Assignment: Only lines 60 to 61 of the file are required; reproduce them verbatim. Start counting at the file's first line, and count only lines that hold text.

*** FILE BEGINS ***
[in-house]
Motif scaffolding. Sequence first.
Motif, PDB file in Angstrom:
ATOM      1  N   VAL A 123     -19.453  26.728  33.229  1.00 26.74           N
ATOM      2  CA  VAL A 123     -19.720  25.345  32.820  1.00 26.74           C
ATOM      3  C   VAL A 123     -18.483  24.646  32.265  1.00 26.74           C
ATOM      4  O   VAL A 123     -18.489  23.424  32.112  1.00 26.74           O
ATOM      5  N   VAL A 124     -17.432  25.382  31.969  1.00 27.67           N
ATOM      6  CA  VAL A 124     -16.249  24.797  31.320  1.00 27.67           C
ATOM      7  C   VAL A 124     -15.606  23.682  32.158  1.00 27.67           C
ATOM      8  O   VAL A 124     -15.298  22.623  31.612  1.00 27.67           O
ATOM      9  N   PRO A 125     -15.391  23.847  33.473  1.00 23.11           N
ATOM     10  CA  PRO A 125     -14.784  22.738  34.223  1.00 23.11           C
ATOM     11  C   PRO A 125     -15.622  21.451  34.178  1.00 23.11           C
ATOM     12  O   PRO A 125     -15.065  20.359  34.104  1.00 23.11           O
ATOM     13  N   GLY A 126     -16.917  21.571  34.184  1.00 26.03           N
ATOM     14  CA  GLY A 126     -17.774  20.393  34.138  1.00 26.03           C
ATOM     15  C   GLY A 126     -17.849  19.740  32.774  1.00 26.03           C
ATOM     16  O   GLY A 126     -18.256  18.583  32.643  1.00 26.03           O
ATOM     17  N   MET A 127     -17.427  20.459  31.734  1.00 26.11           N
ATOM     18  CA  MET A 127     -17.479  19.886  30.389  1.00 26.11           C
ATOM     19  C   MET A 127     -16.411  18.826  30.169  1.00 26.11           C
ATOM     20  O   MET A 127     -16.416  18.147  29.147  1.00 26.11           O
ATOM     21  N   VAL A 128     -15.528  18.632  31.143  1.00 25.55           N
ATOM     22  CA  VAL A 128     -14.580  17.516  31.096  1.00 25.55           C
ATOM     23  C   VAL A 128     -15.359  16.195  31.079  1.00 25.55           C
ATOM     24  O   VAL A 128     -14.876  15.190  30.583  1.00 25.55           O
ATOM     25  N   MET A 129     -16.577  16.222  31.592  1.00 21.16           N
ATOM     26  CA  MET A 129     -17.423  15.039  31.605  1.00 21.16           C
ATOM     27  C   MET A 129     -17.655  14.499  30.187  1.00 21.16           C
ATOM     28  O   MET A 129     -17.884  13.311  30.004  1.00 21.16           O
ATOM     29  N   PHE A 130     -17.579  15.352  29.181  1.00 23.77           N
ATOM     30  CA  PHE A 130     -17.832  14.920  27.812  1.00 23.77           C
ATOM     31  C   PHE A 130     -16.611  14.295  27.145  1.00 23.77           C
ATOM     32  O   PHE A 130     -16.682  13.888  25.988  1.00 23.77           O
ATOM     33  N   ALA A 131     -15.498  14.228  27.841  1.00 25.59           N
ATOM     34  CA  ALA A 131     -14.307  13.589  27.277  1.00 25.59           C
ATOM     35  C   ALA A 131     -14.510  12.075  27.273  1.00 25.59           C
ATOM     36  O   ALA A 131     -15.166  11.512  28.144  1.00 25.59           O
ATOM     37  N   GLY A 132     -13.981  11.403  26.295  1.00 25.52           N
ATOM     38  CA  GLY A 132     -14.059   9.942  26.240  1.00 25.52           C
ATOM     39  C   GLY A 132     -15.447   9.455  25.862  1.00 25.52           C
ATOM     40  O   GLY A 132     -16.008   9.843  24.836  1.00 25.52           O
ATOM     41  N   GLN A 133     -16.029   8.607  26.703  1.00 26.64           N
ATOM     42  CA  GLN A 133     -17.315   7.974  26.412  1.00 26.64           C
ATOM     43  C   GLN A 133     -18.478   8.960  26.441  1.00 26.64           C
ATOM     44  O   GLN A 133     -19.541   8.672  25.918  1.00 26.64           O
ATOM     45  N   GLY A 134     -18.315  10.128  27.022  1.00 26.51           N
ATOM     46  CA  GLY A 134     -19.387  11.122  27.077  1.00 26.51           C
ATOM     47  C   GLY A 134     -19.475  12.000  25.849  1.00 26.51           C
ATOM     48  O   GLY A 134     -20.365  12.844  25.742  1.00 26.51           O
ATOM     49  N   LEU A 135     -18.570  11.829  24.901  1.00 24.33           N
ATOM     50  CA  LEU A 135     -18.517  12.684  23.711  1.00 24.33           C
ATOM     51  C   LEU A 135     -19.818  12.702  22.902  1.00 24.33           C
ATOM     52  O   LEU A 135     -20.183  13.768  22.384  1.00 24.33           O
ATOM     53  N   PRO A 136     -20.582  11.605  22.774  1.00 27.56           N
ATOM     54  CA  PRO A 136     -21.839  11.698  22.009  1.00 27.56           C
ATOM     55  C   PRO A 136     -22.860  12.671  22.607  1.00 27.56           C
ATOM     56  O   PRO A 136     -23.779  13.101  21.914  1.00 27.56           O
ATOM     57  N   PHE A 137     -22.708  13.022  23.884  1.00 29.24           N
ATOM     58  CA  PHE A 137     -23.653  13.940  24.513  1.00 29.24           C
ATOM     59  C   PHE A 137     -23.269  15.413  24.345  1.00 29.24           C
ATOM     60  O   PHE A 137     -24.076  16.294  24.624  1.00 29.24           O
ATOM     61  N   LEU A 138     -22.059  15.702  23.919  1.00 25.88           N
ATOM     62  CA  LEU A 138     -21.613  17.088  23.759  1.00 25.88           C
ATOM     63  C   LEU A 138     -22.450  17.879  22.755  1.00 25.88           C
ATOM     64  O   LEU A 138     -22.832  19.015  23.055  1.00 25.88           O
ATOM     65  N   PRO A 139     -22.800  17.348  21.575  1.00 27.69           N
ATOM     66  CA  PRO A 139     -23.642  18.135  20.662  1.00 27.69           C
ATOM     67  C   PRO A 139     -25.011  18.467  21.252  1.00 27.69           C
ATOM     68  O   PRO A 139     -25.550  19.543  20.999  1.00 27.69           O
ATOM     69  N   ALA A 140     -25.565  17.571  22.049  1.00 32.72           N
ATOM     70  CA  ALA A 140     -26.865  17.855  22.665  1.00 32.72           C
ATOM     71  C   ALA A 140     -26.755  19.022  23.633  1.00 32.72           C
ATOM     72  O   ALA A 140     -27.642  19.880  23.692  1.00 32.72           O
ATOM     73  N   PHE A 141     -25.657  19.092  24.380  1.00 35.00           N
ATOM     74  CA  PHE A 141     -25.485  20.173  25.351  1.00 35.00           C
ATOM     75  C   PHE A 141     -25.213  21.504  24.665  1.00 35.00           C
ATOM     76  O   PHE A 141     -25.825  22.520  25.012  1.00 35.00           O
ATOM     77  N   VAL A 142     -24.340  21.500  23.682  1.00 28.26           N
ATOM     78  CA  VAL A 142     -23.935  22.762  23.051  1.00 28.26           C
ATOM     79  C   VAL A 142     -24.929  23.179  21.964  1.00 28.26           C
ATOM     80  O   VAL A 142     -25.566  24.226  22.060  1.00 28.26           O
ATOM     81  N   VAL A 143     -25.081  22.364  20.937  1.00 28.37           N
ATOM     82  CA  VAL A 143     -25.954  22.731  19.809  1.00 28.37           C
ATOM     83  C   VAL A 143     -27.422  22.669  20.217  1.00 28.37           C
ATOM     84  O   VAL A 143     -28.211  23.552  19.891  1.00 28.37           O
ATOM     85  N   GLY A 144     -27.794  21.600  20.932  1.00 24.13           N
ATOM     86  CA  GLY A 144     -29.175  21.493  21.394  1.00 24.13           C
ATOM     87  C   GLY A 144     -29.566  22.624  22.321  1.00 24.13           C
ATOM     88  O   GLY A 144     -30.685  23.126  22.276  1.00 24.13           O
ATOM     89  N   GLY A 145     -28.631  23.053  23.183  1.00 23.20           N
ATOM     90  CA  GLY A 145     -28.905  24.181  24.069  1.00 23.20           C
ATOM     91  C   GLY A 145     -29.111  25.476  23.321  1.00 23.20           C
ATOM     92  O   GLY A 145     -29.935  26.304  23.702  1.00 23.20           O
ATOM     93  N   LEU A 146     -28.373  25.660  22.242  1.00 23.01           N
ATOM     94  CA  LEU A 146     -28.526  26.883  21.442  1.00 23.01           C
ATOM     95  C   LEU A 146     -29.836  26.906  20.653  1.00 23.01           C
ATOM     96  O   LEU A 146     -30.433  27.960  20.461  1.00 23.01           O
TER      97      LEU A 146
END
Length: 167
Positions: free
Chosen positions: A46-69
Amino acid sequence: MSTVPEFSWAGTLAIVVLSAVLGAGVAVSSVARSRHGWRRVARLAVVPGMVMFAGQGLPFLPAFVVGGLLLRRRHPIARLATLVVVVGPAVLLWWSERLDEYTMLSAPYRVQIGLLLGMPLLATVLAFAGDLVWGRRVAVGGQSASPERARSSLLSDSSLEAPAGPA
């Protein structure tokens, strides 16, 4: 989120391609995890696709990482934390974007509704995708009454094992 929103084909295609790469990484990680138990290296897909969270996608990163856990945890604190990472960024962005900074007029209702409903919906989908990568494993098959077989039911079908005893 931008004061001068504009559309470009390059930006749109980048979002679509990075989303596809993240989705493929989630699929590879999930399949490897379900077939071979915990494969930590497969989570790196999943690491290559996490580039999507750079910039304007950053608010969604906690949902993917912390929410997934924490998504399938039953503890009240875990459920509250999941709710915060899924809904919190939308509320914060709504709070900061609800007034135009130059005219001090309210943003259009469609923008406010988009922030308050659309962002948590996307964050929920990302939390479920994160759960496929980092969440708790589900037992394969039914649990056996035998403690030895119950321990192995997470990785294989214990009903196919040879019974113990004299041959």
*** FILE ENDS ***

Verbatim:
ATOM     57  N   PHE A 137     -22.708  13.022  23.884  1.00 29.24           N
ATOM     58  CA  PHE A 137     -23.653  13.940  24.513  1.00 29.24           C